How to Make Homemade Ricotta Cheese
Lasagna here we come! In the past few times of making lasagna I have finally tweaked it to where the fam is asking for more … our secret is Italian Sausage. We use the Italian sausage links from Aldi and remove the casing and then fry it up like hamburger (also used this sausage on some homemade pizza and calzones this week, very tasty!).
With most main courses, I tally up the total cost as I toss the ingredients into the grocery cart. My max dollar I like to spend is $10 per dinner which for a family of six seems fairly reasonable. If I can do it for closer to $5, you better believe I am all over it and we will be eating it a more often! If I am spending $10 every dinner for 30 meals a month that’s $300 just on dinners … don’t know about you but we like to eat 3 meals a day and dinner out occasionally so it makes me feel accomplished to save even just $1 per meal. Over the course of a month this adds up to an extra night of carry out which means I get the night off (SWEET!). Lasagna usually runs us about $4 for meat, $2 to 4 for ricotta, $2 to 4 for mozzarella (depending on my cheesy mood), and $2 for noodles. So $10 to $14 before any sides, needless to say due to cost this is not a go to meal on a regular basis.
Lasagna, you don’t stand a chance! It’s all about cutting the cost this week … homemade noodles, homemade ricotta, AND will be using homemade bread for our garlic bread! I used a combination of a few recipes from Ina Garten, The Italian Dish, and Food for My Family.
Homemade Ricotta Cheese
8 cups of whole milk
1 cup heavy cream
1/2 teaspoon of salt
2 tablespoons of lemon juice
2 tablespoons of white wine vinegar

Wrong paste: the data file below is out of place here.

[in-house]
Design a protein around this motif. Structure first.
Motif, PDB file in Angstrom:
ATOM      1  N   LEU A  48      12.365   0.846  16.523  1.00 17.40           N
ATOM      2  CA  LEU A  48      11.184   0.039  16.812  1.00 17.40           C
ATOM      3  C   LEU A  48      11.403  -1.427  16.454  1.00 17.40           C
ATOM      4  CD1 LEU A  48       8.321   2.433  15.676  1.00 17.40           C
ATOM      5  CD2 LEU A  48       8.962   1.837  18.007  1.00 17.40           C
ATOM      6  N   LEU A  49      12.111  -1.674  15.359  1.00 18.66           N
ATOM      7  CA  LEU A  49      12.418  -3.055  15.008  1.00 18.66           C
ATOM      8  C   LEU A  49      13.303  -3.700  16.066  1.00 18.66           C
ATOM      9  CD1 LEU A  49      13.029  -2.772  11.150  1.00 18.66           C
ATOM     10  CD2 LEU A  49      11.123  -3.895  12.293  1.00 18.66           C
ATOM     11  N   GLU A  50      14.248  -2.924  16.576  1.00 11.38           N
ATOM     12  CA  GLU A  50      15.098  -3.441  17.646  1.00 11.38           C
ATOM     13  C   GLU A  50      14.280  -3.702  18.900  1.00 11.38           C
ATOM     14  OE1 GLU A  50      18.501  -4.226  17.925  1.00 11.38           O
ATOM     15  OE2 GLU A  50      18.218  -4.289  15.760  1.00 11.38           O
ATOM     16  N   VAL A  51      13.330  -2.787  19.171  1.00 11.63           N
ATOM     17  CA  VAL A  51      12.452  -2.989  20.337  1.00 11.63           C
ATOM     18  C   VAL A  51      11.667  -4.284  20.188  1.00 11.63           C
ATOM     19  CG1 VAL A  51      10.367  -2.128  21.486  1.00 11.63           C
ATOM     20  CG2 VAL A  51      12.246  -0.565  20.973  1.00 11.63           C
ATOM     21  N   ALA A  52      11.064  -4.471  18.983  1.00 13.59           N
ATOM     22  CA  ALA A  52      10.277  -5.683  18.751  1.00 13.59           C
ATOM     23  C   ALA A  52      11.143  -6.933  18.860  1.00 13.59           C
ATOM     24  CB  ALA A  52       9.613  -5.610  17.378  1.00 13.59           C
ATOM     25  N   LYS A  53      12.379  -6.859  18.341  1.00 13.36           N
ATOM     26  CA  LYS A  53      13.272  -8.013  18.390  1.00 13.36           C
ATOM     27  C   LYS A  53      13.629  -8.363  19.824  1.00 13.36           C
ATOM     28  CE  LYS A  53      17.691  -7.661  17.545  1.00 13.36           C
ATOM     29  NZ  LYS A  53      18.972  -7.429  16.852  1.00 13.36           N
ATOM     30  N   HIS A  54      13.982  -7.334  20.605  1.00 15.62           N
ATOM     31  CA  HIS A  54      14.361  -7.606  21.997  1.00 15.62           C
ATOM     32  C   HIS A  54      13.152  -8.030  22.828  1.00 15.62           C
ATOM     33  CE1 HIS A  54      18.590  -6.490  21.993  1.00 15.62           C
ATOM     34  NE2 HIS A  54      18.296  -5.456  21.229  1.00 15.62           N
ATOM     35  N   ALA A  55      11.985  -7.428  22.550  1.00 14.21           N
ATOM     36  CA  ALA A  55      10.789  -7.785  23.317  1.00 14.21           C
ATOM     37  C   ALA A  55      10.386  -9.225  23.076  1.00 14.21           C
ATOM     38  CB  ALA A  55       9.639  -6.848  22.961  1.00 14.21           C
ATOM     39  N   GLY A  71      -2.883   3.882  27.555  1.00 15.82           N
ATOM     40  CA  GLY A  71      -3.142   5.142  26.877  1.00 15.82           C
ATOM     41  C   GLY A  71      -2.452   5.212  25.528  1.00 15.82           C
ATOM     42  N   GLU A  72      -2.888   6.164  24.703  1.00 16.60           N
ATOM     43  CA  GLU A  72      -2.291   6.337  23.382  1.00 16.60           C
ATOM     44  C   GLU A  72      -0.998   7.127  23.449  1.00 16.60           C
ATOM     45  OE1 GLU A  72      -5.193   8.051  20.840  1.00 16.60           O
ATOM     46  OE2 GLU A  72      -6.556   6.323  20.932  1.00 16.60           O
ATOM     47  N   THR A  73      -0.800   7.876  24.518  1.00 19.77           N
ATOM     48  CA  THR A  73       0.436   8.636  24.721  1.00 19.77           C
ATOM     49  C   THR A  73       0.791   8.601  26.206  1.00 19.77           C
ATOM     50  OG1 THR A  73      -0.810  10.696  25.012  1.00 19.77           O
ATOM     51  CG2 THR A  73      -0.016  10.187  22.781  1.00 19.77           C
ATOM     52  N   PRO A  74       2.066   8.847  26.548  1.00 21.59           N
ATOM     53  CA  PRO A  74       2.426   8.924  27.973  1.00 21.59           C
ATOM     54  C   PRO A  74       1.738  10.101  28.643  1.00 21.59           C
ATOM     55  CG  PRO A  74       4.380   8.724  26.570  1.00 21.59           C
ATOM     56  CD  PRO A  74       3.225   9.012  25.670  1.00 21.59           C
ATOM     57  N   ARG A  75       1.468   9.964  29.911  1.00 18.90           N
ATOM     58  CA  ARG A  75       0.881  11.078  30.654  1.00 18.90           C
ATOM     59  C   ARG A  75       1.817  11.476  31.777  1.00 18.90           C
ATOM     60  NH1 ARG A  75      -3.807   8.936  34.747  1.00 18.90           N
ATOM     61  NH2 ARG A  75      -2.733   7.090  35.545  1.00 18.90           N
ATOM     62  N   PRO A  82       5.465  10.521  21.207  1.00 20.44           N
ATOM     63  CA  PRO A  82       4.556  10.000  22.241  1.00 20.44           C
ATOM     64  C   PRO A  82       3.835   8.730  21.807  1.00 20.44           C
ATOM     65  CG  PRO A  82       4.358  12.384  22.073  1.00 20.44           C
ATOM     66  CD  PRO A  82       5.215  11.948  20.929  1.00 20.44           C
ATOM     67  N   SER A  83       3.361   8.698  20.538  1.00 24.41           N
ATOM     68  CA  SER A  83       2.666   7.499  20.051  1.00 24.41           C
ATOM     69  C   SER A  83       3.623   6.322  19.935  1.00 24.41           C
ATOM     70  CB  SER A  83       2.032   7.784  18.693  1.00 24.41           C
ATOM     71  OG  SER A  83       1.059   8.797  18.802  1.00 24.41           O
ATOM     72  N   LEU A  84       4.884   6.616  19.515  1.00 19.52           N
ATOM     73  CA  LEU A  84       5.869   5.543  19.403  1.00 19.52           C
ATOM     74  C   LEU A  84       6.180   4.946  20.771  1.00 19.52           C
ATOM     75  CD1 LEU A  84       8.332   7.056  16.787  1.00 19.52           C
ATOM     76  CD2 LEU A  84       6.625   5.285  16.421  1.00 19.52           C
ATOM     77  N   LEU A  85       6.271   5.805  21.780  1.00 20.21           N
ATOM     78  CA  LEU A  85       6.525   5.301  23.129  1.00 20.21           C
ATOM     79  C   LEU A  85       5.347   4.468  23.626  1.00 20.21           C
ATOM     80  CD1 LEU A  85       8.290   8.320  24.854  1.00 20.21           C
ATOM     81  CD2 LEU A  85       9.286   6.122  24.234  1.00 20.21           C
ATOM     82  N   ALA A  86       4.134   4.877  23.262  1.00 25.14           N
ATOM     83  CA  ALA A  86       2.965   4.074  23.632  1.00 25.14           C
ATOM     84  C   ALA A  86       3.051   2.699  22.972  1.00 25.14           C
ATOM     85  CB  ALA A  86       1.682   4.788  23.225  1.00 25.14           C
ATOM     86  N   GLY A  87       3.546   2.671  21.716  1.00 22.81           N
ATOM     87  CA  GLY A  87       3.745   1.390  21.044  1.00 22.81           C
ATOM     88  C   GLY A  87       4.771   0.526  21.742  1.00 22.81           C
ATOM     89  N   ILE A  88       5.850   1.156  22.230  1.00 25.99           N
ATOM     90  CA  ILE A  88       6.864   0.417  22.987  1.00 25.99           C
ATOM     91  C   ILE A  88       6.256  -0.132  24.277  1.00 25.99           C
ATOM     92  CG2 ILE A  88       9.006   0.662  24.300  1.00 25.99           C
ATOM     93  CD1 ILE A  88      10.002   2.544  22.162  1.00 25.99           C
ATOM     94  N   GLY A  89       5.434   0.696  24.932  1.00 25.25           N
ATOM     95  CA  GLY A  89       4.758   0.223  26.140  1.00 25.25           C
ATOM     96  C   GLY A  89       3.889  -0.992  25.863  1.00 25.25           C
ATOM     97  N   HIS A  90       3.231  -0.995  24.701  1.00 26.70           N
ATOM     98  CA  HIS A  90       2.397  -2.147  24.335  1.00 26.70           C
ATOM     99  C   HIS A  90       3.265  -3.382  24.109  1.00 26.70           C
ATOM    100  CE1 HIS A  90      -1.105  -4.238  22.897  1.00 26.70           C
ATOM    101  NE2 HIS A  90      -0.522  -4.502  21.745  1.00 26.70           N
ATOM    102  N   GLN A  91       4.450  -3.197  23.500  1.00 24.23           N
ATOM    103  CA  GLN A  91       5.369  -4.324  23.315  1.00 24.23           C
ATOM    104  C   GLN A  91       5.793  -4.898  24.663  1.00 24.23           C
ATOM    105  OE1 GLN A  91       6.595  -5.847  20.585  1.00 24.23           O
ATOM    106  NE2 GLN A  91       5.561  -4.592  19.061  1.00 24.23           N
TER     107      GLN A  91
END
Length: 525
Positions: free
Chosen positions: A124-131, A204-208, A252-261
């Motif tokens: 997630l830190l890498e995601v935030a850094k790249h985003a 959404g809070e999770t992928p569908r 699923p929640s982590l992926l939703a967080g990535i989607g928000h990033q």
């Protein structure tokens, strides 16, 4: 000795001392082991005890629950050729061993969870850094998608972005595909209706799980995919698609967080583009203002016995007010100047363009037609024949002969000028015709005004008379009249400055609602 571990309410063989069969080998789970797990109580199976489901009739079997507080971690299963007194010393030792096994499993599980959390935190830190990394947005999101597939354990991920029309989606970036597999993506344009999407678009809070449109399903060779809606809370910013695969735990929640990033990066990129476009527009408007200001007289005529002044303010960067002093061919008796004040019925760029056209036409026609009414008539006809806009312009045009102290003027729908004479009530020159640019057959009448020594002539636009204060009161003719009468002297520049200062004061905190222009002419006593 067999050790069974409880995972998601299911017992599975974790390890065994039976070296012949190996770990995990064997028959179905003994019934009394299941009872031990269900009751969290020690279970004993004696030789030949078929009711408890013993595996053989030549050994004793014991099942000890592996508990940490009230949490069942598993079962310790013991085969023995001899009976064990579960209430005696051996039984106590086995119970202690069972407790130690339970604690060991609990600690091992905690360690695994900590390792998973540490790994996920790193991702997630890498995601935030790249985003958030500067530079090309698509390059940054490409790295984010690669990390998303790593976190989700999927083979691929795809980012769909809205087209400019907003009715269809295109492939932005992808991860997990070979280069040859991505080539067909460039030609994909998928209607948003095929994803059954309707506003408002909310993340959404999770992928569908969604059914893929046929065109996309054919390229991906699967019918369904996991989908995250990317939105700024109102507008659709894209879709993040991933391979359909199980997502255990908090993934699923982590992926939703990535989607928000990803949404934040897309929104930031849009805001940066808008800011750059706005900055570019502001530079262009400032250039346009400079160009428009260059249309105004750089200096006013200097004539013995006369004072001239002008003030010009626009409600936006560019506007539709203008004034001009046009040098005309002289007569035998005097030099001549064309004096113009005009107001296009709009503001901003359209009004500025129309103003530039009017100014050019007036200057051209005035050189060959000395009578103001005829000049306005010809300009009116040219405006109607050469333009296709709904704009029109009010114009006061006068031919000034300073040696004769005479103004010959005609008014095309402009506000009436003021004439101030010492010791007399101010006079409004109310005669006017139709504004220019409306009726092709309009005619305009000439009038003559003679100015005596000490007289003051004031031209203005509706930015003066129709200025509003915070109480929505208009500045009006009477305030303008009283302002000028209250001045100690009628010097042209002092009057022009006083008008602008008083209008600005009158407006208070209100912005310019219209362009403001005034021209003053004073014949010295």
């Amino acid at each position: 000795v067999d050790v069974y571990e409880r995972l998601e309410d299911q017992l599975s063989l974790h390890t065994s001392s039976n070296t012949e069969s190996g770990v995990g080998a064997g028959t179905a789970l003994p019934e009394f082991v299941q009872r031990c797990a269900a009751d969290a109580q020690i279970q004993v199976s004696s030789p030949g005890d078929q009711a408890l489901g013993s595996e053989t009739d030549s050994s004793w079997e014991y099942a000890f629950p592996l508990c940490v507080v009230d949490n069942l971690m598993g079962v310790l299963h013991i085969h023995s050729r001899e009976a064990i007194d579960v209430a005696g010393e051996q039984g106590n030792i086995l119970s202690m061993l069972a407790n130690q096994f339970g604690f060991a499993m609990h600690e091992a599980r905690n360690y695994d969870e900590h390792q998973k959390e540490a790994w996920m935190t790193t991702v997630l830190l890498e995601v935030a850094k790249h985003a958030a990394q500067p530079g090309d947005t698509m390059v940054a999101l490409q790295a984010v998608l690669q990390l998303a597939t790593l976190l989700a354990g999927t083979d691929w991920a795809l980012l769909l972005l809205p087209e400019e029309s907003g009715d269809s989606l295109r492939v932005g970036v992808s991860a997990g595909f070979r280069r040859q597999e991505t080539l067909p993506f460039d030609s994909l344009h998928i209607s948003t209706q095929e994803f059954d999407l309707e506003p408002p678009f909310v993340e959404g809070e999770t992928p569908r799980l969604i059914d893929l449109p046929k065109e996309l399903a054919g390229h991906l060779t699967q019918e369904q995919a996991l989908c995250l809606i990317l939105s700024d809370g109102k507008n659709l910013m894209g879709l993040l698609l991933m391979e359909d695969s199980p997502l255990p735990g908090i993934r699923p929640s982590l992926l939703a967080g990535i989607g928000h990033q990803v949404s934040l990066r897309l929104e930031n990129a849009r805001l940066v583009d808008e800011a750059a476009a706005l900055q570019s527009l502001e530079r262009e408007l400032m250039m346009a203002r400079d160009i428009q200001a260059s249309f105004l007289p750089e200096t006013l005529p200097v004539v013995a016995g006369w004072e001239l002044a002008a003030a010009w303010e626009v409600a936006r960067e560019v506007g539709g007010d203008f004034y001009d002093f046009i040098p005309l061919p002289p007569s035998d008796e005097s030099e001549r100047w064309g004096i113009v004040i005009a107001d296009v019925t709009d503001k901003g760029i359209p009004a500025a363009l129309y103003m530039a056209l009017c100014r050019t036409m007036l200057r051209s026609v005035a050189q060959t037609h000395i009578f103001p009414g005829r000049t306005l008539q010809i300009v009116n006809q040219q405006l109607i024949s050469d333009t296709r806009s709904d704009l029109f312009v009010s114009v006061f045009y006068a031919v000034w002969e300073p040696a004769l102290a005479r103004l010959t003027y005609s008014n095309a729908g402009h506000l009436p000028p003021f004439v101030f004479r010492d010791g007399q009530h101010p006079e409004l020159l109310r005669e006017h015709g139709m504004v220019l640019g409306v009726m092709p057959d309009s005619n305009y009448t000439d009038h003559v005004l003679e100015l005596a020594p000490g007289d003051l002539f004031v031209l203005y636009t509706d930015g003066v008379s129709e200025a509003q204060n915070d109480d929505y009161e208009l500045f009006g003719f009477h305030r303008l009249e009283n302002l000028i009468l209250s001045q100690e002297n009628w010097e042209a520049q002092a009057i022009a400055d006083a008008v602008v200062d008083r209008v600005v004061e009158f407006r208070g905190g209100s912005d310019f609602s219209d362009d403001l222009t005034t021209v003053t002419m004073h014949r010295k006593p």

cheese cloth (or coffee filters)
~ I started with the lemon juice and it didn’t curdle so I added the white wine vinegar, and poof CURDS. I will be trying this next time with just regular vinegar, so be sure to check back for an update on the recipe and instructions!~
Moisten cheese cloth (I used coffee filters thanks to my brilliant sister’s idea!) and line colander(s). Put milk, cream and salt in stockpot and bring to a boil (about 190 degrees) over medium heat, stirring occasionally so the milk does not burn. Stir in lemon juice and turn heat to low and simmered for a few minutes. Remove from heat and stir in vinegar until curds form. Pour curds into lined colander to strain off the whey (you can repeat this process a couple of times if your colander is not large enough). Allow time to strain to your desired dryness. Overnight in the refrigerator works great. Store in airtight container in refrigerator for 2-3 days.
|we are just ‘whey’ting here ;-)!
Cost Comparison: ~$1.25 for 15 oz. of homemade ricotta VS. ~$2 for 15 oz store bought
Today’s Question: Do you use ricotta or cottage cheese in your lasagna?
Updated 5/17/15: We used the homemade ricotta cheese in some lasagna this week … SO GOOD! I really wanted to try a new noodle recipe also but time didn’t allow for fresh noodles but I can only imagine how good this would have been with those also. All I have to say is, I am never buy ricotta cheese again and I am forever a homemade ricotta cheese convert! So easy and so cheap AND it lasted in my fridge for about 4-5 days before I was able to use it which is an added bonus!
Updated 6/14/15: We made ricotta cheese again but this time I used 2 tablespoons of just white vinegar. Next time I will try it with 4 tablespoons because the curds were smaller and the whey wasn’t as clear this time. Still tastes amazing and I was reminded just how simple the process was!